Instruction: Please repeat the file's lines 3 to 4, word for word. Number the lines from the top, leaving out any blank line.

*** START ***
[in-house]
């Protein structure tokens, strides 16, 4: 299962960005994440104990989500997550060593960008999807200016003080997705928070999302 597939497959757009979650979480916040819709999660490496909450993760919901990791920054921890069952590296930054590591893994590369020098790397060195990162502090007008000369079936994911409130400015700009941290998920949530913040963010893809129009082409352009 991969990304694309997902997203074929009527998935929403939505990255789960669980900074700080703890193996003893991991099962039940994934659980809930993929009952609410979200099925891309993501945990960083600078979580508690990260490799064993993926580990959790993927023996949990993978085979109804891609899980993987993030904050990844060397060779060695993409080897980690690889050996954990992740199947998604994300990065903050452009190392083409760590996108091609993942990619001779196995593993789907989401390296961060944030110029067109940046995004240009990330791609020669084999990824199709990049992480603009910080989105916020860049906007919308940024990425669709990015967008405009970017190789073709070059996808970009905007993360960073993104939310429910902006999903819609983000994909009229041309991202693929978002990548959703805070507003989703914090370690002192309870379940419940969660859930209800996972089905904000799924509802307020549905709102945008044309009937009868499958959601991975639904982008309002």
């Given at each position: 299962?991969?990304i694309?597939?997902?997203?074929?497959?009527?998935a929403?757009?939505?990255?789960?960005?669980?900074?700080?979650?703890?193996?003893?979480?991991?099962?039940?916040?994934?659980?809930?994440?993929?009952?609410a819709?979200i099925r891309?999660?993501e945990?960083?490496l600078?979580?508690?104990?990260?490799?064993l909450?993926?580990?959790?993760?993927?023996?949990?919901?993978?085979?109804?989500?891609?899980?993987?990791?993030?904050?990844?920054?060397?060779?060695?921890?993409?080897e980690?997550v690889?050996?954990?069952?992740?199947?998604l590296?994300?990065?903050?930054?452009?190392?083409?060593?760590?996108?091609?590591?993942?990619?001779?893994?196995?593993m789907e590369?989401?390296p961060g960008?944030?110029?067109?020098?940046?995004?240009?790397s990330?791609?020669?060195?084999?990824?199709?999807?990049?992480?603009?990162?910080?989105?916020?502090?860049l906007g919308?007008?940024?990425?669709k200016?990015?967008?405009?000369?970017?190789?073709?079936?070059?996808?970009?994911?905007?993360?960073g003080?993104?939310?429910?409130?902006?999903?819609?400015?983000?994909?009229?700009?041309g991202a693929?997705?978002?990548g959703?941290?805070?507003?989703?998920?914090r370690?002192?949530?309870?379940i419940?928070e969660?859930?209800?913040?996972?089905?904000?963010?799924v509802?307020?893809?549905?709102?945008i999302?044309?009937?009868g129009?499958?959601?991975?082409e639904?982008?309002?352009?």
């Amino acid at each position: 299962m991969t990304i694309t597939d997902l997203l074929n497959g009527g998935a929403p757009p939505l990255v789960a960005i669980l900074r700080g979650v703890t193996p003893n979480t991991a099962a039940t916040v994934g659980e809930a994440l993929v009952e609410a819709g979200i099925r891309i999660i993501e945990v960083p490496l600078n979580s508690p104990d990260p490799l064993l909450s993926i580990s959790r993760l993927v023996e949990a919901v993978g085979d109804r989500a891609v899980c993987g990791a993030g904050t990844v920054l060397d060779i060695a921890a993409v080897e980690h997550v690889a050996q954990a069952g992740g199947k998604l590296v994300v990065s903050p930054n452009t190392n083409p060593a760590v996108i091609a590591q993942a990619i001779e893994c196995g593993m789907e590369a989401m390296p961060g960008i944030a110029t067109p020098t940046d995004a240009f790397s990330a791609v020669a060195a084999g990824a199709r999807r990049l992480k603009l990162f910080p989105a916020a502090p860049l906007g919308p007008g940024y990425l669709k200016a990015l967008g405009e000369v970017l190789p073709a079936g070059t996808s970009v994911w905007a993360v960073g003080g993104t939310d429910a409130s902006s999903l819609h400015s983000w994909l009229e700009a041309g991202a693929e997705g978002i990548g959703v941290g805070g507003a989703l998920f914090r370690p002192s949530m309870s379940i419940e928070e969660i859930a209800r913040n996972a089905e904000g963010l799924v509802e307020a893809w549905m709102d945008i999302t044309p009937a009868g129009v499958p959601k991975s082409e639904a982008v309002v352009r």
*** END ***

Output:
């Given at each position: 299962?991969?990304i694309?597939?997902?997203?074929?497959?009527?998935a929403?757009?939505?990255?789960?960005?669980?900074?700080?979650?703890?193996?003893?979480?991991?099962?039940?916040?994934?659980?809930?994440?993929?009952?609410a819709?979200i099925r891309?999660?993501e945990?960083?490496l600078?979580?508690?104990?990260?490799?064993l909450?993926?580990?959790?993760?993927?023996?949990?919901?993978?085979?109804?989500?891609?899980?993987?990791?993030?904050?990844?920054?060397?060779?060695?921890?993409?080897e980690?997550v690889?050996?954990?069952?992740?199947?998604l590296?994300?990065?903050?930054?452009?190392?083409?060593?760590?996108?091609?590591?993942?990619?001779?893994?196995?593993m789907e590369?989401?390296p961060g960008?944030?110029?067109?020098?940046?995004?240009?790397s990330?791609?020669?060195?084999?990824?199709?999807?990049?992480?603009?990162?910080?989105?916020?502090?860049l906007g919308?007008?940024?990425?669709k200016?990015?967008?405009?000369?970017?190789?073709?079936?070059?996808?970009?994911?905007?993360?960073g003080?993104?939310?429910?409130?902006?999903?819609?400015?983000?994909?009229?700009?041309g991202a693929?997705?978002?990548g959703?941290?805070?507003?989703?998920?914090r370690?002192?949530?309870?379940i419940?928070e969660?859930?209800?913040?996972?089905?904000?963010?799924v509802?307020?893809?549905?709102?945008i999302?044309?009937?009868g129009?499958?959601?991975?082409e639904?982008?309002?352009?």
């Amino acid at each position: 299962m991969t990304i694309t597939d997902l997203l074929n497959g009527g998935a929403p757009p939505l990255v789960a960005i669980l900074r700080g979650v703890t193996p003893n979480t991991a099962a039940t916040v994934g659980e809930a994440l993929v009952e609410a819709g979200i099925r891309i999660i993501e945990v960083p490496l600078n979580s508690p104990d990260p490799l064993l909450s993926i580990s959790r993760l993927v023996e949990a919901v993978g085979d109804r989500a891609v899980c993987g990791a993030g904050t990844v920054l060397d060779i060695a921890a993409v080897e980690h997550v690889a050996q954990a069952g992740g199947k998604l590296v994300v990065s903050p930054n452009t190392n083409p060593a760590v996108i091609a590591q993942a990619i001779e893994c196995g593993m789907e590369a989401m390296p961060g960008i944030a110029t067109p020098t940046d995004a240009f790397s990330a791609v020669a060195a084999g990824a199709r999807r990049l992480k603009l990162f910080p989105a916020a502090p860049l906007g919308p007008g940024y990425l669709k200016a990015l967008g405009e000369v970017l190789p073709a079936g070059t996808s970009v994911w905007a993360v960073g003080g993104t939310d429910a409130s902006s999903l819609h400015s983000w994909l009229e700009a041309g991202a693929e997705g978002i990548g959703v941290g805070g507003a989703l998920f914090r370690p002192s949530m309870s379940i419940e928070e969660i859930a209800r913040n996972a089905e904000g963010l799924v509802e307020a893809w549905m709102d945008i999302t044309p009937a009868g129009v499958p959601k991975s082409e639904a982008v309002v352009r």